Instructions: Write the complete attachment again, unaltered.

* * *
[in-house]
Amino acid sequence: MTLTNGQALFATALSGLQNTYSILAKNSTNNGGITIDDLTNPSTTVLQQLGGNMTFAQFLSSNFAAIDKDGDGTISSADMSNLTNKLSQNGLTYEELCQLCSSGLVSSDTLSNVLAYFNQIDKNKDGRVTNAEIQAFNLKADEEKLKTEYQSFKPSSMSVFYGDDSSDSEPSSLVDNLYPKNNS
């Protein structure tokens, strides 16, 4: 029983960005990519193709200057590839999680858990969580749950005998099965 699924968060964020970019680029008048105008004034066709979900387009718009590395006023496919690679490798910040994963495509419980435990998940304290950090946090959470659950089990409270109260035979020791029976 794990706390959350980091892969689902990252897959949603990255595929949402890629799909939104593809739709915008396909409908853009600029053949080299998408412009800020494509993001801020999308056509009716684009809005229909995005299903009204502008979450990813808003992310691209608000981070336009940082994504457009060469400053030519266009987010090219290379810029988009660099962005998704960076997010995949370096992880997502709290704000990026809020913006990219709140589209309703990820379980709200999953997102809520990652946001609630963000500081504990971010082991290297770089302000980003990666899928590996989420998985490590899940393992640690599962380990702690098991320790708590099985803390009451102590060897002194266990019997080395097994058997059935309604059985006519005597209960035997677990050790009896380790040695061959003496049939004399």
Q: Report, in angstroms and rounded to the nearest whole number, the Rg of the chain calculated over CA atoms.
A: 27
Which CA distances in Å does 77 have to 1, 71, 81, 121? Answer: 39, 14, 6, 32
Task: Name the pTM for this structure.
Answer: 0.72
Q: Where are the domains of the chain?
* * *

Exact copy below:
[in-house]
Amino acid sequence: MTLTNGQALFATALSGLQNTYSILAKNSTNNGGITIDDLTNPSTTVLQQLGGNMTFAQFLSSNFAAIDKDGDGTISSADMSNLTNKLSQNGLTYEELCQLCSSGLVSSDTLSNVLAYFNQIDKNKDGRVTNAEIQAFNLKADEEKLKTEYQSFKPSSMSVFYGDDSSDSEPSSLVDNLYPKNNS
């Protein structure tokens, strides 16, 4: 029983960005990519193709200057590839999680858990969580749950005998099965 699924968060964020970019680029008048105008004034066709979900387009718009590395006023496919690679490798910040994963495509419980435990998940304290950090946090959470659950089990409270109260035979020791029976 794990706390959350980091892969689902990252897959949603990255595929949402890629799909939104593809739709915008396909409908853009600029053949080299998408412009800020494509993001801020999308056509009716684009809005229909995005299903009204502008979450990813808003992310691209608000981070336009940082994504457009060469400053030519266009987010090219290379810029988009660099962005998704960076997010995949370096992880997502709290704000990026809020913006990219709140589209309703990820379980709200999953997102809520990652946001609630963000500081504990971010082991290297770089302000980003990666899928590996989420998985490590899940393992640690599962380990702690098991320790708590099985803390009451102590060897002194266990019997080395097994058997059935309604059985006519005597209960035997677990050790009896380790040695061959003496049939004399």
Q: Report, in angstroms and rounded to the nearest whole number, the Rg of the chain calculated over CA atoms.
A: 27
Which CA distances in Å does 77 have to 1, 71, 81, 121? Answer: 39, 14, 6, 32
Task: Name the pTM for this structure.
Answer: 0.72
Q: Where are the domains of the chain?